Thoughts Ahead of the Data for Development Festival: On Why We Meet
In under two weeks’ time, 350 people from around the world will be gathering in Bristol, UK for the Data For Development Festival. This is the first time the Global Partnership for Sustainable Development Data has tried to get all its partners together in one place, and we’re overwhelmed by the enthusiasm and the willingness of so many to pitch in with their time, their money, and their good ideas to make the event a success. We can’t wait to see you all.
Is meeting IRL necessary?
When we first announced the festival, some people asked: why hold an event? Why put in the huge amounts of work required for just a few days of activity? And why ask everyone to spend their time and money flying around the world, when we could just have another conference call?
The first answer is that creating connections is at the heart of what the Global Partnership does. The results from our first Partners Survey – which will be released in full at the festival – show how much people value the networking element of our role, and in many cases that’s why they joined in the first place. We’ve invested heavily in the Global Partnership website this year, to make virtual connections easier, but there’s no substitute for face-to-face. So every two years, we have undertaken to provide just that – a physical place where our partners can meet each other. We know you want that, and we are delighted to offer it. Face-to-face communication is still a critical part of building the community, the trust, and the relationships that are the key to achieving better data, better decisions, and better lives.
How frank, productive, and forward-looking are your conference calls?
A second reason to bring everyone together is to get the best out of one other as we exchange ideas and explore common challenges. As we get on our regular conference calls and focus on delivering the things we have committed to right now, we are, rightly, focused on the present and not the future. But in this field, the future is always approaching us at warp speed and we need to create the time and space to think about it. Not just as an interesting academic exercise, but to ensure that the decisions we make today are robust in the face of the likely developments of tomorrow.
So the festival is our chance to challenge each other on some of the big questions in the field. Does privacy override all other concerns? Should all software be open source? Have open data portals really delivered and how can they be improved? Decisions about these things are being made now – either deliberately or by the choices that we are making without even realizing it. The festival is the chance to bring these things out into the light, in an atmosphere of trust and collaboration towards common goals. As we start to work them out, we can make sure we are, by the actions we take every day, building the data ecosystem we want for the long term.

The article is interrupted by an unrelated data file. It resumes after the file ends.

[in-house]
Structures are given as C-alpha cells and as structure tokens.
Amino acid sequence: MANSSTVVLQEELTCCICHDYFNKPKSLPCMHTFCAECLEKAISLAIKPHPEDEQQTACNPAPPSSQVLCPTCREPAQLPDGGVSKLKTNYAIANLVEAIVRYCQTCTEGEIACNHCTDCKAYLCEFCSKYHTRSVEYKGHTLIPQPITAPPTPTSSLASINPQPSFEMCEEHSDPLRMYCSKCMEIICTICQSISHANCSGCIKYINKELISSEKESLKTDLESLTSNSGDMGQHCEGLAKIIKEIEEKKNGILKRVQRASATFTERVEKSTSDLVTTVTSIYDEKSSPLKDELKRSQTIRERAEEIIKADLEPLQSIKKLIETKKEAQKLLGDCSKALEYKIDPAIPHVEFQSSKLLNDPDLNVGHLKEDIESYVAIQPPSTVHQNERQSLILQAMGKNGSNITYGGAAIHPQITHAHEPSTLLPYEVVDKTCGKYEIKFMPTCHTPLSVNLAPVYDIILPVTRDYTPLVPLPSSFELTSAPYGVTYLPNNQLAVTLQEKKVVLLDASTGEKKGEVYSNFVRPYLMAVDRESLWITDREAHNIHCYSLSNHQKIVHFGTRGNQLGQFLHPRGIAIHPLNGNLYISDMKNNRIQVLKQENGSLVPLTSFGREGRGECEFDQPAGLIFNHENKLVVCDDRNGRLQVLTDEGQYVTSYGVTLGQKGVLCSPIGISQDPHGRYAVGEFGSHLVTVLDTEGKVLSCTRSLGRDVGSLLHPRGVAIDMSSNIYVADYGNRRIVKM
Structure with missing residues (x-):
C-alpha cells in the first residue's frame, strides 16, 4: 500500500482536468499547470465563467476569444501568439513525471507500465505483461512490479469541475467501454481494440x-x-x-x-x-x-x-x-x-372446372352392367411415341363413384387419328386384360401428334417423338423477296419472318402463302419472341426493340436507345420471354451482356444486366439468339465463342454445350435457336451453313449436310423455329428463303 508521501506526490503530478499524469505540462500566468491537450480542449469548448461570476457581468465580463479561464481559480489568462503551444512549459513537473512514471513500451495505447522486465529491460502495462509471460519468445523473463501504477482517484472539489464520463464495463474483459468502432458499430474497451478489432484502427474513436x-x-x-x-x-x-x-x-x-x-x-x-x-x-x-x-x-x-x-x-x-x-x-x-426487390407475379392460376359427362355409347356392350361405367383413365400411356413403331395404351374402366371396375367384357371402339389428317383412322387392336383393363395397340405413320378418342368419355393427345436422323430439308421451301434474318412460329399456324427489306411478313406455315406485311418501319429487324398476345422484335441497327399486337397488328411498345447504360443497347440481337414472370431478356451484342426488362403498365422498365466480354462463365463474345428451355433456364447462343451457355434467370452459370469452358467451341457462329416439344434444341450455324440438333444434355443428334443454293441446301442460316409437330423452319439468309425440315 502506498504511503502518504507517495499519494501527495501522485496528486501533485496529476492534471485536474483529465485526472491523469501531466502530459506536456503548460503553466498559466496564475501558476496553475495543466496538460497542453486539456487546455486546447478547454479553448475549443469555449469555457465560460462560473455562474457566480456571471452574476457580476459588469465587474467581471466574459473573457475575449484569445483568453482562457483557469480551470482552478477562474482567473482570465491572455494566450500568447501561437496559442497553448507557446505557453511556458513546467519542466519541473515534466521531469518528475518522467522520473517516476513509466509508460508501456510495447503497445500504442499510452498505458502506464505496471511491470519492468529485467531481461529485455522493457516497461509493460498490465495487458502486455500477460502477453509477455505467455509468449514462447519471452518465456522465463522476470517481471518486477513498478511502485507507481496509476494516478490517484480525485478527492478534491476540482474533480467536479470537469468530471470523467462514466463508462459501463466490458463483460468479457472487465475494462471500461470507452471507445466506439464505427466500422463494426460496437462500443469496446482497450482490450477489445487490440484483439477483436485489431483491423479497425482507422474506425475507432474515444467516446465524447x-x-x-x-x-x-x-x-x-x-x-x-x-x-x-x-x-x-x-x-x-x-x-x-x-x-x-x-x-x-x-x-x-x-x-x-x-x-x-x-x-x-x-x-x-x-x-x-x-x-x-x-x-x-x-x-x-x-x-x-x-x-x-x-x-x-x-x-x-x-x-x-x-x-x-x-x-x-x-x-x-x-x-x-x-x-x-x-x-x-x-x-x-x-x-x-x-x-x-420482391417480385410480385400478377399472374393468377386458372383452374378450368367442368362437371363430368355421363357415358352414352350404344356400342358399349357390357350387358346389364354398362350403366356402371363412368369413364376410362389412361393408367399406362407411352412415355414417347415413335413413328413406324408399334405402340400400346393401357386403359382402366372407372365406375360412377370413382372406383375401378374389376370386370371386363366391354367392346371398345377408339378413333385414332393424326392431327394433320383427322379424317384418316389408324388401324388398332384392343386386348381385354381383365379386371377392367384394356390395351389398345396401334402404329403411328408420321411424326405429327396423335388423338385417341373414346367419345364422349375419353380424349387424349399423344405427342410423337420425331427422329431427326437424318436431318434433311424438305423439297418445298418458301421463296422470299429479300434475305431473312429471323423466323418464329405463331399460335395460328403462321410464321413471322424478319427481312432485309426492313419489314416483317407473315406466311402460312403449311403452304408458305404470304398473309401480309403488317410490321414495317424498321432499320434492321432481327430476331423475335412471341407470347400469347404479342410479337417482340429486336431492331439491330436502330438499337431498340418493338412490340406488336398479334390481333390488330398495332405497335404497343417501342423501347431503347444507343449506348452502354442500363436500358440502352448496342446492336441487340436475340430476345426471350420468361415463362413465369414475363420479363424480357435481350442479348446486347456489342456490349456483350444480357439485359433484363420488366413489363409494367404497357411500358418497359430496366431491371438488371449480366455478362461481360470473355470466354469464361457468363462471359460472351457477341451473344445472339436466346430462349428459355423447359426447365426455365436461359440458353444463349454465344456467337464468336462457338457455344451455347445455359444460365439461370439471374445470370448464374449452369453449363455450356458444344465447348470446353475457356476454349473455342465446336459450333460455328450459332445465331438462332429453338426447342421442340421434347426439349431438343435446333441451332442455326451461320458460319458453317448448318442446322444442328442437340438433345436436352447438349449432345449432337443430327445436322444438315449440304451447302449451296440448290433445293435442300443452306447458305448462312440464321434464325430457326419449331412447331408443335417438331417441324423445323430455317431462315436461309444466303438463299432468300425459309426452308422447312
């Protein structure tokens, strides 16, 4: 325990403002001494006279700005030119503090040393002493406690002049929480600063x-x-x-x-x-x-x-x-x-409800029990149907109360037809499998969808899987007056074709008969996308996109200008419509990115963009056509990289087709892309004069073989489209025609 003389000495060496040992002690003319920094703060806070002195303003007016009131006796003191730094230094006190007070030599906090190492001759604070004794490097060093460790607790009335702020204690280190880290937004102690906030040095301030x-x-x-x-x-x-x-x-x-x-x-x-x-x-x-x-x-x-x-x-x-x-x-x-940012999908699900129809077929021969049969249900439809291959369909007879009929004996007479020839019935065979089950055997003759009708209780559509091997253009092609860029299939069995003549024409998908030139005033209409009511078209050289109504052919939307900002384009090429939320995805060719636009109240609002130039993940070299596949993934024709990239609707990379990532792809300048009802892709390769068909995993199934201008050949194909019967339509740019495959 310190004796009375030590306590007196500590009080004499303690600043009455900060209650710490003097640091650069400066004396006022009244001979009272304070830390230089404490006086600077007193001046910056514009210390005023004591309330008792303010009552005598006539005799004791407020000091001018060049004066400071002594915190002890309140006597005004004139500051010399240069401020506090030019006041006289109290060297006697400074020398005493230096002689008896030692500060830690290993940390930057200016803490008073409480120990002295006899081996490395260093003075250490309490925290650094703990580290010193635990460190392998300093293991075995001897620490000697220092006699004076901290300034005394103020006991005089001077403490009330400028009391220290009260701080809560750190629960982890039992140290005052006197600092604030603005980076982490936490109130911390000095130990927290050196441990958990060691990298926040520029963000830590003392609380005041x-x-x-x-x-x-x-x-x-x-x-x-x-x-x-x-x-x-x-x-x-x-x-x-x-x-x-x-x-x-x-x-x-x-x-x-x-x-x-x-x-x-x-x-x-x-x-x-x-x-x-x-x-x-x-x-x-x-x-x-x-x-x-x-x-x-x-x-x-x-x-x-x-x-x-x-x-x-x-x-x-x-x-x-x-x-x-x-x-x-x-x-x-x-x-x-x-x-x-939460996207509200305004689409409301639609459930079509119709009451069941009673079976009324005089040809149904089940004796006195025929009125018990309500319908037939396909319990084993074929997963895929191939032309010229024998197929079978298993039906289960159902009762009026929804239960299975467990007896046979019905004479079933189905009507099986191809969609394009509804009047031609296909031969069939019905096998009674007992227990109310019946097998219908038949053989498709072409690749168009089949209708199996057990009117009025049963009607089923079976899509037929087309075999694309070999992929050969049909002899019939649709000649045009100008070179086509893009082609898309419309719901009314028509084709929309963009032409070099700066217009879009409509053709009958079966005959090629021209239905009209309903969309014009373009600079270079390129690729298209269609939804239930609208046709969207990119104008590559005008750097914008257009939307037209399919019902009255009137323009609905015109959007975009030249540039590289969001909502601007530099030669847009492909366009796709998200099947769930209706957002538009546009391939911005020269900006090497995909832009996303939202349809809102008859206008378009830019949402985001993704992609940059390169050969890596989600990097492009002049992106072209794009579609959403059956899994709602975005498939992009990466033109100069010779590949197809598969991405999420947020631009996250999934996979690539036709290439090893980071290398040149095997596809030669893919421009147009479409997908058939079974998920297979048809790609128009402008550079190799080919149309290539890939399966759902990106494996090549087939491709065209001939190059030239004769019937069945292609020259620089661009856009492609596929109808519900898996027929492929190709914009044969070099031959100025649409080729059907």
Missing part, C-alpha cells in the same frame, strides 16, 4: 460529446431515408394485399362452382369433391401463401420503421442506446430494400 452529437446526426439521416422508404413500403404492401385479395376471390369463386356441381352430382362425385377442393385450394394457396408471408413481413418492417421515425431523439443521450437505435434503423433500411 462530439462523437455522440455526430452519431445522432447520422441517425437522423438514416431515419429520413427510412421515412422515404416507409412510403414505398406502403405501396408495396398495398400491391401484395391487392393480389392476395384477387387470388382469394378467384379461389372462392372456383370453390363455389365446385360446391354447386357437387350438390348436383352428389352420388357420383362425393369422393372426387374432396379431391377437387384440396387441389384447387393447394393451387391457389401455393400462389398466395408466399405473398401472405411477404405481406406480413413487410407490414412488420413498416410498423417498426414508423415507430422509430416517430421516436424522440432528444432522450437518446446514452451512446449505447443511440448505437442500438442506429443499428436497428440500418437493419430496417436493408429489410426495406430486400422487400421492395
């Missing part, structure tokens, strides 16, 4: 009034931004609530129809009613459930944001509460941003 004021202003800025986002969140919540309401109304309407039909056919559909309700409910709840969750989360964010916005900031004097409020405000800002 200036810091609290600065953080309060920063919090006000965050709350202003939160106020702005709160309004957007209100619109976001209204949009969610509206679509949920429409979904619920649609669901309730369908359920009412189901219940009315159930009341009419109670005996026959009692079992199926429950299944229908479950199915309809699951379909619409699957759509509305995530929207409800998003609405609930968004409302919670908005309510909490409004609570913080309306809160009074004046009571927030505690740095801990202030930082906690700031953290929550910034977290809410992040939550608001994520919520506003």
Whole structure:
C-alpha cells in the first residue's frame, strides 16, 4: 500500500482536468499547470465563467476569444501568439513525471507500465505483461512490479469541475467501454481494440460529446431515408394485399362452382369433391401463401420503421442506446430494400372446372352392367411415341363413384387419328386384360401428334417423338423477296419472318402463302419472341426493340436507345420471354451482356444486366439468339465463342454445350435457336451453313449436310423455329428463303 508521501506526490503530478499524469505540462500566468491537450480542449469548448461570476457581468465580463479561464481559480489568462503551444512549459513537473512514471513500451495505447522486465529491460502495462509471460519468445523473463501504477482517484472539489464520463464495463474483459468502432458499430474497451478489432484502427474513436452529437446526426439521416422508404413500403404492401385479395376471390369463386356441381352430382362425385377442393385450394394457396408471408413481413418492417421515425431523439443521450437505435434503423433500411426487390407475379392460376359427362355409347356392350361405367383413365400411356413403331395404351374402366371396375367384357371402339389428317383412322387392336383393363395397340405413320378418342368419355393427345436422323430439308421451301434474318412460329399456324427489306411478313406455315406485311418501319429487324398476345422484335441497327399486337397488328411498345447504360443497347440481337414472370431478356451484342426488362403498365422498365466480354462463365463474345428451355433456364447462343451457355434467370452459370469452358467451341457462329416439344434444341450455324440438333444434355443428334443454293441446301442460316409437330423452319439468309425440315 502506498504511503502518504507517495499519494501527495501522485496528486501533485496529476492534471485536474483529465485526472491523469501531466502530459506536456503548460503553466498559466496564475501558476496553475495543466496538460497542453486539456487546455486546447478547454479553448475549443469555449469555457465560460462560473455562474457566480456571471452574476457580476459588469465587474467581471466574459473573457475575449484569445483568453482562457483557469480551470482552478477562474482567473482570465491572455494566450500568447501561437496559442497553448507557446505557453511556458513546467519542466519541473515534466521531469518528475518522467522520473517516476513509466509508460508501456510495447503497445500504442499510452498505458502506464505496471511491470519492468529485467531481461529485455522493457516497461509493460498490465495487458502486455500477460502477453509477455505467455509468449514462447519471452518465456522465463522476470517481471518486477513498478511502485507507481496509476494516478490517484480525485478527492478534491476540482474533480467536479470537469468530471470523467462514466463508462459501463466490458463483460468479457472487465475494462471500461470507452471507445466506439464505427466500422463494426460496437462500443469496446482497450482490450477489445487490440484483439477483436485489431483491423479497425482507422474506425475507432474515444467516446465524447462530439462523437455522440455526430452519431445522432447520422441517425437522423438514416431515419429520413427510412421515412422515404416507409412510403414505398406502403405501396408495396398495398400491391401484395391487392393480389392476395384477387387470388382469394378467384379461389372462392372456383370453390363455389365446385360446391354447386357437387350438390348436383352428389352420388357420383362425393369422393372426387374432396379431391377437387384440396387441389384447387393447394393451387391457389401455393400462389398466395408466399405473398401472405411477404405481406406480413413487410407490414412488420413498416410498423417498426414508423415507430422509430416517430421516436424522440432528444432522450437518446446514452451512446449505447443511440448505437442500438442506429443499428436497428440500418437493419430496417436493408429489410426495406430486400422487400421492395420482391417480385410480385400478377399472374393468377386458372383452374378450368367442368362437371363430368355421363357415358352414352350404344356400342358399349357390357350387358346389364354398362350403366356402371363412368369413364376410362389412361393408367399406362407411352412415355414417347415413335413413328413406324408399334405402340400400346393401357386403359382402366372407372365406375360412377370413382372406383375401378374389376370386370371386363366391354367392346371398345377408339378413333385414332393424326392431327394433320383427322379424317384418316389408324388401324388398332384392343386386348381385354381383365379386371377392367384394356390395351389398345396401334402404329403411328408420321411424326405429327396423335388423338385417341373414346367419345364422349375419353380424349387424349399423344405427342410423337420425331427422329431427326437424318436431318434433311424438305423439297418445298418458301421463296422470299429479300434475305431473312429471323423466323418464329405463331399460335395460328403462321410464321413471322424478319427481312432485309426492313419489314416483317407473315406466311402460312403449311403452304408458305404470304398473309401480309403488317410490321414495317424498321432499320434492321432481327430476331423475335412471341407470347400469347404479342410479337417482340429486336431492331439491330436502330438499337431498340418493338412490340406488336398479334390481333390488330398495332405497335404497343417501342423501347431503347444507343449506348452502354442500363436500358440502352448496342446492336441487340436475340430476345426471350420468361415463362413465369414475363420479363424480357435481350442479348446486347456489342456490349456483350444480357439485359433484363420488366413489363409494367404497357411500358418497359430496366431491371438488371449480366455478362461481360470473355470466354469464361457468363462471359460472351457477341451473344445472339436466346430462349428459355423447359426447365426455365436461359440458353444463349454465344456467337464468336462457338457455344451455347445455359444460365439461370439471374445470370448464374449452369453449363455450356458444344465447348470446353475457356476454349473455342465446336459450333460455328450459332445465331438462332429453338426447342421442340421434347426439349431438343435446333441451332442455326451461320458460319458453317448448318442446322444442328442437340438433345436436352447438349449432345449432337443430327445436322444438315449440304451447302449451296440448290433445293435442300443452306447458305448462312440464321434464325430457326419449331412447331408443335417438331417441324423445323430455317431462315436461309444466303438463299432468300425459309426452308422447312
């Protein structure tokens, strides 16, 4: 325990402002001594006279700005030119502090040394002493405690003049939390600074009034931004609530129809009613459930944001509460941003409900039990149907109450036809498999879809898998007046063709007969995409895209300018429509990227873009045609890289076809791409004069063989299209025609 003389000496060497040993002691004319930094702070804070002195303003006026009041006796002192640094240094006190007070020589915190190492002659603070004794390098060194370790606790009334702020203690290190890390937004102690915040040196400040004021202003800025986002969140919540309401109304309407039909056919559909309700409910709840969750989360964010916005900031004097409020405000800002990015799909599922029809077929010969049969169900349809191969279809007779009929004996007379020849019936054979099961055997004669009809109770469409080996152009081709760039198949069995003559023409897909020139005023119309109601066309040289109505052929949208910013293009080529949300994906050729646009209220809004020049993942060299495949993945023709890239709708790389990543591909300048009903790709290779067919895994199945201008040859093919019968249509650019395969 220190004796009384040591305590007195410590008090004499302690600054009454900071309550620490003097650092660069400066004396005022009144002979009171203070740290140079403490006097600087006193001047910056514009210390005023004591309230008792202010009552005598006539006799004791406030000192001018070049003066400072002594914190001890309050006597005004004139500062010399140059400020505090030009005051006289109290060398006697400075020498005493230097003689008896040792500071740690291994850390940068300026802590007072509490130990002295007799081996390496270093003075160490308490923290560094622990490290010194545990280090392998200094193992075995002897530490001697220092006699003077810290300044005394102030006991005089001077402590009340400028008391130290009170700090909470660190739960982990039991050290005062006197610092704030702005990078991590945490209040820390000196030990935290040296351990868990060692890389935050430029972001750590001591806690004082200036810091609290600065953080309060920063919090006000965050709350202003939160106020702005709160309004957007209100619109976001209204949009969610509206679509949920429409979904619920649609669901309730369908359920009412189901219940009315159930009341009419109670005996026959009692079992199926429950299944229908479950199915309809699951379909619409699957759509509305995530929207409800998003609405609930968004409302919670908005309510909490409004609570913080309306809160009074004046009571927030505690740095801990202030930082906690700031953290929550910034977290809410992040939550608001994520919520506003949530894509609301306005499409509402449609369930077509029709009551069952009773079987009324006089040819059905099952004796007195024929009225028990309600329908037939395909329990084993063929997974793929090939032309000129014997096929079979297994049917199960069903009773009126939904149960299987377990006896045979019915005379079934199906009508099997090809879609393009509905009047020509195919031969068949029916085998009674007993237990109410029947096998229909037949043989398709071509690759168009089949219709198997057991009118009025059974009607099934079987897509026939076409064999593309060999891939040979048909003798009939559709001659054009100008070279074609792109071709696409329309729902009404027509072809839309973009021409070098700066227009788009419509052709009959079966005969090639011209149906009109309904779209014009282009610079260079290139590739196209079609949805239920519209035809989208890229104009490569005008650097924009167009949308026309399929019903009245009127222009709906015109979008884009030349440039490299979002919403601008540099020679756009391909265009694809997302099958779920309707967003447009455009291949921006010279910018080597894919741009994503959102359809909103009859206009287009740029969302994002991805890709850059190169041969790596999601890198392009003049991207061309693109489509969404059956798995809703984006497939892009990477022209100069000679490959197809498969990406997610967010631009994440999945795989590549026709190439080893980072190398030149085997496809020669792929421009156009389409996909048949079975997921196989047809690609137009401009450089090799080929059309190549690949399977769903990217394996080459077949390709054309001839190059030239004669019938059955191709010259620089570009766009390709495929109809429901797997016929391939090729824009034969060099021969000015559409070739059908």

Is your cubicle inspiring light bulb moments?
A third reason is practical. People can huddle together in a corner and have the crucial 20 minute conversation that moves a project forward more than six months of frustrating conference calls ever could. People can learn from each other in the many training sessions and demonstrations that will be going on throughout. People can share experiences and in doing so improve both the impact they have and the way they have it. There is so much expertise, and there are so many good ideas and practical projects going on in our network. The festival is the chance to share them, improve them, and put them to work for the SDGs.
These are the reasons we meet, and these are the things we want from the festival: new connections and new ideas that will lead to impact tomorrow, and new practical commitments for driving projects forward to achieve impact today.
Partnership is demanding. It requires effort and commitment from all sides, and this has been no less true of the partnership that has delivered this festival. More than 60 of our partners have been involved in different ways – organising sessions, fielding speakers, preparing to demonstrate their projects, and helping with resources. We are hugely grateful to all of them, and to the many hundreds who will be coming to participate. It is sure to be stimulating, exciting, and it will be fun – there’s an SDG game! And a VR Playspace, live drawing, a data dive, and more!
But we expect a lot of you, in the form of involvement during the event, and, most importantly, in the form of actions afterwards. We have already received a lot in the form of the intense collaboration that has led to more than 40 partner-led sessions. This partnership is a place for organisations that want to change how things are done and accelerate progress, and that means concrete planning that leads to concrete outcomes. For me, the real test will come in March 2019, when I look back and see how many conversations, ideas, and collaborations discussed during the festival have turned into actions to improve people’s lives. The clock starts ticking on March 21, 2018, and I look forward to all of you being there at the starting line.
Photo by Kris Krüg.